Emergency workers remember fallen

September 12, 2004|by GREGORY T. SIMMONS

WASHINGTON COUNTY - Charles Weidner was only one of dozens of emergency workers who took part in remembrance ceremonies in Washington County on Saturday, but the day was a special one for him.

Weidner, 35, of Keedysville, said he was roofing in Frederick on Sept. 11, 2001, when he got a phone call that planes had crashed into the World Trade Center.

"I was, like, speechless," Weidner said.

Weidner said volunteering as a firefighter had occurred to him before, but he never had. It now has been six months since he joined the Potomac Valley Volunteer Fire Co. in Sharpsburg.


"I guess it just took a big kick like that for me to get motivated," Weidner said.

Weidner rode with a team of fellow firefighters on a truck Saturday as part of a ceremony that began at City Park in Hagerstown.

Four saplings were planted by fire, police and military representatives on a hillside near the park's lake. Then, more than three dozen firetrucks, ambulances and police cruisers rolled out through the park, down Virginia Avenue.

After making a turn onto Halfway Boulevard, the procession turned into Valley Mall, where the vehicles rode underneath a flag draped from the ladder of the Volunteer Fire Co. of Halfway's truck.

There, more speeches, prayers and a wreath-laying ceremony took place inside the mall.

While the ceremonies were designed to evoke the memories of the Sept. 11, 2001, terrorist attacks, those who attended said they stood as a reminder of what has changed since then.

Steve Rose was one of the wreath layers. From Annapolis, he's a reservist with the U.S. Marine Corps 4th Light Armored Reconnaissance Battalion, based near Fort Detrick in Frederick County.

Rose, 35, said his company often is asked to attend ceremonies because of the equipment they bring with them. On Saturday, they had an amphibious assault vehicle, a light-armored carrier and a Humvee.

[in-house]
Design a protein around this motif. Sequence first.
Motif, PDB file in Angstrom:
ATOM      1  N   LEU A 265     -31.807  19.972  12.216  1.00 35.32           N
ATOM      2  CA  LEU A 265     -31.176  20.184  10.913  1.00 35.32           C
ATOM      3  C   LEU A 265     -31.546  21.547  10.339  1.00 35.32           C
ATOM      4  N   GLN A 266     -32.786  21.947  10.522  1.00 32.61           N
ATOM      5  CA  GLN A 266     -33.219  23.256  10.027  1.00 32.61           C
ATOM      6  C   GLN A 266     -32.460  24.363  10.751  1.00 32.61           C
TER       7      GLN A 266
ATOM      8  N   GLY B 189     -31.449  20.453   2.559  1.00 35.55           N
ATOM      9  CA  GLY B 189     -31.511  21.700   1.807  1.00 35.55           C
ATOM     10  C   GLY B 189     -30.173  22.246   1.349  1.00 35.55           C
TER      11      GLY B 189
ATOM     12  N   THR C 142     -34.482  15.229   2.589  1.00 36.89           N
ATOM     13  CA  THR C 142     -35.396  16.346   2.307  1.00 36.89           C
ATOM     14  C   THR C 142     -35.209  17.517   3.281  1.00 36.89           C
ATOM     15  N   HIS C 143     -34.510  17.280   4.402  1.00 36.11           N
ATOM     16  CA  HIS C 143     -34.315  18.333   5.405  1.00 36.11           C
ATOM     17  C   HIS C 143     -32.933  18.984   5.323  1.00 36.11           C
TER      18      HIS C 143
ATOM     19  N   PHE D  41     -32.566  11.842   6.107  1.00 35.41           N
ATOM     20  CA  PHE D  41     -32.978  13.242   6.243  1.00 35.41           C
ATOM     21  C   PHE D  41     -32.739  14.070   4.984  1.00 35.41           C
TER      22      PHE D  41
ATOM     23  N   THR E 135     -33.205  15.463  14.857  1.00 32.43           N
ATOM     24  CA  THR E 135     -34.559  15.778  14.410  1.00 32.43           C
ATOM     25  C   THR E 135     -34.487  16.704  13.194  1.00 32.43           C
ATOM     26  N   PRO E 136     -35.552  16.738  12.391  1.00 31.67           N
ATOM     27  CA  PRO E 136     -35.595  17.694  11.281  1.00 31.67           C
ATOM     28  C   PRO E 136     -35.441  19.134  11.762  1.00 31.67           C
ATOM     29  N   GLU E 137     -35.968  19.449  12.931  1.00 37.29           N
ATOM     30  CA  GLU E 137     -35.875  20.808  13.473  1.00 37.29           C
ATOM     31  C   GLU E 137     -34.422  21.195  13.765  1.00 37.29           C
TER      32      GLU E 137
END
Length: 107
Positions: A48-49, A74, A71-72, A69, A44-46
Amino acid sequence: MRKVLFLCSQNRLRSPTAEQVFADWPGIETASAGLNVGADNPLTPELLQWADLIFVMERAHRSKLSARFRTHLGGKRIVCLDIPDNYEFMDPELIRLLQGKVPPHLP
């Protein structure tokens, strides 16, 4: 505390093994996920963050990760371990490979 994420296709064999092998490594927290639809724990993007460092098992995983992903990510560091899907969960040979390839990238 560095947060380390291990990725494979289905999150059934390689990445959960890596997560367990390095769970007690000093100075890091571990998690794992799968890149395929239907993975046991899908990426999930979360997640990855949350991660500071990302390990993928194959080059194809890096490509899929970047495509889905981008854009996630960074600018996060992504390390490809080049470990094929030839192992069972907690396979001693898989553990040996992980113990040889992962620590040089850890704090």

"So I've been to a lot. ... But this one is special," Rose said.

Rose said it hasn't even been a year since he returned from serving in Iraq, and he might be called to do so again next spring. The loss of a friend - Lance Cpl. Gregory "Mac" MacDonald - in an accident in Iraq still weighs heavily on his mind.

"It's difficult to reconcile that loss, and at the same time, he believed in being there," Rose said.

Garman Bowers of Fairplay, played "Taps" at the end of the wreath-laying ceremony. He said he volunteered to because "it is really important to remember."

Bowers, 15, said he was in his eighth-grade homeroom when his school virtually shut down after the 9/11 attacks. He said he feels he already has learned lessons from 9/11: "Live life the way you want to live it, and make it worth something."

Bev Witmer, a paramedic with the Volunteer Fire Co. of Halfway, said the losses that emergency agencies had three years ago often are talked about in her fire hall.

"It's a risk that we take every day," said Witmer, 30. "(The 9/11 attacks) was a big event, but every day is a risk."

Andrew West, a captain at the Washington County Office of Special Operations, was standing at a table at Valley Mall on Saturday, showing new devices his office has bought since the attacks.

On the table were toxin detection machines, lab equipment, a clear plastic box with rubber gloves sealed to the box for suspicious letter opening and a gas mask.

Behind the table was a yellow, plastic body suit designed to protect against harmful chemicals.

West said all the equipment has been bought in the last three years with the help of federal, state and local grants.

"Things have changed a lot," West said.

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